Chiapas Remains in Fourth Place For Disappearances of Children and Adolescents

SCLC.- In a press release, the Melel Xojobal Civil Association stated that in the framework of the first edition of Datatón on childhood and adolescence in Mexico, 2023, it was announced that Chiapas occupies fourth place with the largest number of disappeared children and adolescents in the country, as shown by the data from the National Registry of Missing and Unlocated Persons (RNPDNO), which by 2022 recorded 849 cases of disappearance in Chiapas. Of that total, 45.5 percent were under 18 years of age.

In the meeting, in which the Melel Xojobal Civil Association participated, it was revealed that there is evidence of neglect in childhood and children continue to suffer invisibility and discrimination in the guarantee of their rights to be protected from disappearances in areas such as Chiapas, in addition to suffering from a lack of robust systems of care and response services to sexual violence.

In a statement, they announced that according to the Network for the Rights of Children and Adolescents in Chiapas (REDIAS), disappearances in that state are rarely recognized, and the information has been collected by the organization Melel Xojobal and analyzed along with REDIAS.

In the analysis, it was determined that the systematization of search files published by the State Prosecutor’s Office itself evidences an underreporting in the RNPDNO figures. From 2021 to 2022 in Chiapas, the disappearance of 1,171 girls, boys and adolescents has been reported.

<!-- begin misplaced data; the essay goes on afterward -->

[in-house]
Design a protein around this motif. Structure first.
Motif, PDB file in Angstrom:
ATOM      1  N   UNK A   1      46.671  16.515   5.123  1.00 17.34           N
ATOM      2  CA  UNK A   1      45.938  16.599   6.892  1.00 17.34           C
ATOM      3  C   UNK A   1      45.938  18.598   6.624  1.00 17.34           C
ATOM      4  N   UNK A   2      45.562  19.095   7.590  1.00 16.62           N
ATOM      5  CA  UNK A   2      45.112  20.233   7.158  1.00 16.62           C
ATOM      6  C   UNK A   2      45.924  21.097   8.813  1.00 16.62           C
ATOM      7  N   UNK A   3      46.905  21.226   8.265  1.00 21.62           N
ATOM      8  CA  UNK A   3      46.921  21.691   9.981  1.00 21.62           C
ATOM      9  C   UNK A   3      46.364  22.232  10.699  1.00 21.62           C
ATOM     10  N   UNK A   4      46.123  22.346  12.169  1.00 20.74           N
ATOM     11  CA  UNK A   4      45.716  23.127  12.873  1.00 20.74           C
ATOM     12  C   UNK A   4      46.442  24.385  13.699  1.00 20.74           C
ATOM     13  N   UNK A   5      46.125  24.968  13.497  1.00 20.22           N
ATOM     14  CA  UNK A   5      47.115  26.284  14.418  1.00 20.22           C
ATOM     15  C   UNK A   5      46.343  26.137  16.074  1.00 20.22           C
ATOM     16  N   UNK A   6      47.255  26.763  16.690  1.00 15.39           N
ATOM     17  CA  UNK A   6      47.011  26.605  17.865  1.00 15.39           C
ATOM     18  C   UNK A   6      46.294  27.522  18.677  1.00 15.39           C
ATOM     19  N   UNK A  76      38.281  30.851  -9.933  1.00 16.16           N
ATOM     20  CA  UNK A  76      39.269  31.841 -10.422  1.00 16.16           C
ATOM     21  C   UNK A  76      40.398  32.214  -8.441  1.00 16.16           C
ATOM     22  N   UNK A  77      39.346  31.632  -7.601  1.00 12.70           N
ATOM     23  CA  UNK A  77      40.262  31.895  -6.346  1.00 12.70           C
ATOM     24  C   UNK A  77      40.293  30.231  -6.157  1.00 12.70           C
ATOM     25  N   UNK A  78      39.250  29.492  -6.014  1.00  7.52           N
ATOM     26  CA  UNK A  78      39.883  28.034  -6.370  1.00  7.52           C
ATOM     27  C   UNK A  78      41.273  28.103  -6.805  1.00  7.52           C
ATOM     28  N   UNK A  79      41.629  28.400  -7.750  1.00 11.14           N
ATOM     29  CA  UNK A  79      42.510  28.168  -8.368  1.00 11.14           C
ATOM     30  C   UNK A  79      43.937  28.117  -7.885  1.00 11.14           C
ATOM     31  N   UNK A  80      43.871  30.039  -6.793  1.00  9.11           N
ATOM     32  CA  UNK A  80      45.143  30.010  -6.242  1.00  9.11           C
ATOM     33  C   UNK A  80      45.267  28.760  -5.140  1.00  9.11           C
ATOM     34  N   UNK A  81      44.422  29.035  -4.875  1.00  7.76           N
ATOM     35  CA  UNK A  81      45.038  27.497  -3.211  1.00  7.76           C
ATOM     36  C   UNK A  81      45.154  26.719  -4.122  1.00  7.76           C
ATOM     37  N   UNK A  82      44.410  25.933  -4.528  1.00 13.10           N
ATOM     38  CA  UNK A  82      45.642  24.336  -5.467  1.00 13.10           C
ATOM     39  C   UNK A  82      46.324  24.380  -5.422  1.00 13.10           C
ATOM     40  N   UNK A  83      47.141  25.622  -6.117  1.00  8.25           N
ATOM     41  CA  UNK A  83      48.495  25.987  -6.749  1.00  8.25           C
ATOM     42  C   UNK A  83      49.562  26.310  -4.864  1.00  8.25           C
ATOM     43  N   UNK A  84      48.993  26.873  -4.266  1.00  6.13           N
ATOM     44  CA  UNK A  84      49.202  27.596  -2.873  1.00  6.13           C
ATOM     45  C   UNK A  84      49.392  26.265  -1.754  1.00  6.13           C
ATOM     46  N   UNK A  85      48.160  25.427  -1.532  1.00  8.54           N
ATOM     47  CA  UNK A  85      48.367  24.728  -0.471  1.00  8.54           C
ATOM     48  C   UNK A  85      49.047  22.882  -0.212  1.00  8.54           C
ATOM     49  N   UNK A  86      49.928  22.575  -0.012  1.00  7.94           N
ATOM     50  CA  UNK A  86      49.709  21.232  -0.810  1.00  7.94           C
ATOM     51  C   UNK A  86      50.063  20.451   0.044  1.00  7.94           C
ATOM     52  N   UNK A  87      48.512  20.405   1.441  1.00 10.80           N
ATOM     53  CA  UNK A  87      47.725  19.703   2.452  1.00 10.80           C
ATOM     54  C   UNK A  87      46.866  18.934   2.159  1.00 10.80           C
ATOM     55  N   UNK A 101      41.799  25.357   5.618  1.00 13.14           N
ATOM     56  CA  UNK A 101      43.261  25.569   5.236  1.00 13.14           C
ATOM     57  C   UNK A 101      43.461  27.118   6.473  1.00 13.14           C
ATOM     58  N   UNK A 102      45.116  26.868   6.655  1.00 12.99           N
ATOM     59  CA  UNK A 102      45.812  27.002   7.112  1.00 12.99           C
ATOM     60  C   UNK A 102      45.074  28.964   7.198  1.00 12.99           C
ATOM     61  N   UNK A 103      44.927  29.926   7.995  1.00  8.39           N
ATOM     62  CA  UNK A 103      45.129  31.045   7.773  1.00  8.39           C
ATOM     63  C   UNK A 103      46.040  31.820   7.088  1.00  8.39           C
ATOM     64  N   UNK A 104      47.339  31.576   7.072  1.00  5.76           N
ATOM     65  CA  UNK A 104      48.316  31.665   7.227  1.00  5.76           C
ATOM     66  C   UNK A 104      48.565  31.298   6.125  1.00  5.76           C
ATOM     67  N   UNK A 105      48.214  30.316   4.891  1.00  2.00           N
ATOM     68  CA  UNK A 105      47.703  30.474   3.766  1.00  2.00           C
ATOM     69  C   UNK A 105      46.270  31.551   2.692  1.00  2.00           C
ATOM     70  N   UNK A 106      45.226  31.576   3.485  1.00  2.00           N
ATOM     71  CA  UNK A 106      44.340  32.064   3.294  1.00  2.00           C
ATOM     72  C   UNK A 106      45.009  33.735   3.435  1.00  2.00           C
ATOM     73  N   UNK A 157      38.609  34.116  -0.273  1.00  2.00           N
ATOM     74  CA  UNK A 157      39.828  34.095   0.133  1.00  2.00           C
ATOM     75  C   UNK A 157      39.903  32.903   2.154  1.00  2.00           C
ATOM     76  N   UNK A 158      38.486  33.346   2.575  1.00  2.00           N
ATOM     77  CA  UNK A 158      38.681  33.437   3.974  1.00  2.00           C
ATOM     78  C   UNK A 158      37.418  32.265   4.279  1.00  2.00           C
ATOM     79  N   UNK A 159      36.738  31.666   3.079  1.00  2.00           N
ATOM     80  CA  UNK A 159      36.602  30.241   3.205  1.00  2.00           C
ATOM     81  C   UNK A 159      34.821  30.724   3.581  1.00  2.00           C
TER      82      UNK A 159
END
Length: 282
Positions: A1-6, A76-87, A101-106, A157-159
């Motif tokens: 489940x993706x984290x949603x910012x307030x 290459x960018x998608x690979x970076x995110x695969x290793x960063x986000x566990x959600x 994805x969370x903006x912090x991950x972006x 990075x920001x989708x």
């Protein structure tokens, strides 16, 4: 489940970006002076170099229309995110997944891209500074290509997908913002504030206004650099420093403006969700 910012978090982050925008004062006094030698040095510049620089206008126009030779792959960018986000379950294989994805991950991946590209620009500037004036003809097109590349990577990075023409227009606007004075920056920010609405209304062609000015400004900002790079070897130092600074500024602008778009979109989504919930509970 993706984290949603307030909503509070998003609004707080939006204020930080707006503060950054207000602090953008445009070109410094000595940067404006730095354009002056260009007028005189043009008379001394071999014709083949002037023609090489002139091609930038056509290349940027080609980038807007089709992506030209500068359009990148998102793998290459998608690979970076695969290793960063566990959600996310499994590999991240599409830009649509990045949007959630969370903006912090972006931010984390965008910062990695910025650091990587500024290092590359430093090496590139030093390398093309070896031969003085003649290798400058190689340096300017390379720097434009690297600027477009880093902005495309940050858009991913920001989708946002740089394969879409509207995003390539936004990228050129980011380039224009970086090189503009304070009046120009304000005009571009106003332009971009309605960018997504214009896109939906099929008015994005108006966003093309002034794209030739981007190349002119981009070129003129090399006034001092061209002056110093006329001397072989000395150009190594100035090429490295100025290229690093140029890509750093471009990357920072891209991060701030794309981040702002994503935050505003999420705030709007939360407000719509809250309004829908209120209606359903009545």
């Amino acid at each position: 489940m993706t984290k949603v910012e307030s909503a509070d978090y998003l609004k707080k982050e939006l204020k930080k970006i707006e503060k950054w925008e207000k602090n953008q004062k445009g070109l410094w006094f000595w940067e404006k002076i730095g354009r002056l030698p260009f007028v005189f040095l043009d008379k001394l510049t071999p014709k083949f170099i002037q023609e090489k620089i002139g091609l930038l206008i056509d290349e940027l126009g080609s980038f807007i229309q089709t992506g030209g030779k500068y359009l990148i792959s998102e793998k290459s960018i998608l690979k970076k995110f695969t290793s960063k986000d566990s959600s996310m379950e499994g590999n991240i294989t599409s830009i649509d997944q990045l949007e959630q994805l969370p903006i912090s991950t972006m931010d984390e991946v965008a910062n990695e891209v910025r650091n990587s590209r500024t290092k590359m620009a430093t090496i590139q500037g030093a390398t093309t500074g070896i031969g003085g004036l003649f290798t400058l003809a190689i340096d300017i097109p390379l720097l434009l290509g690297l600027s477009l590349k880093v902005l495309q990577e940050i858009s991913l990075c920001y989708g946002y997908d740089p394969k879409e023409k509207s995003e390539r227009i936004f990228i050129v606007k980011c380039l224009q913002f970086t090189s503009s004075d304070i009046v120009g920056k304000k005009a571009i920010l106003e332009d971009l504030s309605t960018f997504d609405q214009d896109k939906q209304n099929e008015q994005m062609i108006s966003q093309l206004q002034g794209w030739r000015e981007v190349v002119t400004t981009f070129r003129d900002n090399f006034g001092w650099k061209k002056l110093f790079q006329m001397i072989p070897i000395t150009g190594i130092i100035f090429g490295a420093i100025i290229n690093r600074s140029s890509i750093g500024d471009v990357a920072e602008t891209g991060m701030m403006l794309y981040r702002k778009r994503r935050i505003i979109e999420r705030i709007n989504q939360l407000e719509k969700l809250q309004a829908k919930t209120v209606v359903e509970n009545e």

“In the last year alone, an average of 45 disappearances per month were reported, with girls and adolescent women being the most affected group. From Melel Xojobal and REDIAS, it is considered essential to carry out a traiing campaign with local authorities on the Additional Protocol for the Search for Girls, Boys and Adolescents so that they know their responsibilities and the procedure to follow in the event of the disappearance of the child and adolescent population”, they say.

Likewise, they mention that in particular, the creation of training actions should be prioritized in the five municipalities that concentrate the largest number of cases: Tuxtla Gutiérrez, Tapachula, San Cristóbal, Comitán and Palenque.

“The Mexican State is part of the developing countries that are not yet prepared to protect children and adolescents. This is a global trend, as established by the Out of the Shadows Index, which assesses how 60 countries, home to approximately 85 percent of the world’s child population, prevent and respond to Sexual Exploitation and Violence against girls, boys and adolescents”, they conclude.

Original article by VANESA RODRÍGUEZ at

Translated by Schools for Chiapas.

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